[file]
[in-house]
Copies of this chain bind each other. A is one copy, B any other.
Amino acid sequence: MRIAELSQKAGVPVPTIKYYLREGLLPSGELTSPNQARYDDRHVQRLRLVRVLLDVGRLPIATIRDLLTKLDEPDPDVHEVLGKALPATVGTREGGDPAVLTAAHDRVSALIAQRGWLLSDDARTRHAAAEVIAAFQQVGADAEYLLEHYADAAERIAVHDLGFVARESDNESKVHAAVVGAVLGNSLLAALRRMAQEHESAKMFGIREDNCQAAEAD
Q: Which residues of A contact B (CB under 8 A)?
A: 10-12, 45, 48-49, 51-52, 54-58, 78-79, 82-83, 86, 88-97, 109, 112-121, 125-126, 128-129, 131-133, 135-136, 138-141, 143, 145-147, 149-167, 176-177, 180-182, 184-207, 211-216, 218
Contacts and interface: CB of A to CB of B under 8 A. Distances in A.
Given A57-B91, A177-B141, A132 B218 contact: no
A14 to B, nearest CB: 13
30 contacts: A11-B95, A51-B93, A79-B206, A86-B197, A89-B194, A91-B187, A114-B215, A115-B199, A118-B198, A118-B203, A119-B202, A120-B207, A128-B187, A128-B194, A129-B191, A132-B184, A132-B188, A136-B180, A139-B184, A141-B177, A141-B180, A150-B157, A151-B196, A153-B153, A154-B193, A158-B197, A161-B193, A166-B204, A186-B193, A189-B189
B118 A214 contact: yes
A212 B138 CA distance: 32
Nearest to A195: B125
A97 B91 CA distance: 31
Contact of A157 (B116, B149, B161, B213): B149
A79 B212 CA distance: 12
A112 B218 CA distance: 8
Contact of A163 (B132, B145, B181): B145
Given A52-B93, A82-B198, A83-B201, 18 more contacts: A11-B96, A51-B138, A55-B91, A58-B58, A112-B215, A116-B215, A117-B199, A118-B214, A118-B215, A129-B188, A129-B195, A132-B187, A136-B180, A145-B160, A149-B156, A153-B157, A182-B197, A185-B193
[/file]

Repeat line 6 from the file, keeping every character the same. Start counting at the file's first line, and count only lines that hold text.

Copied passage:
Contacts and interface: CB of A to CB of B under 8 A. Distances in A.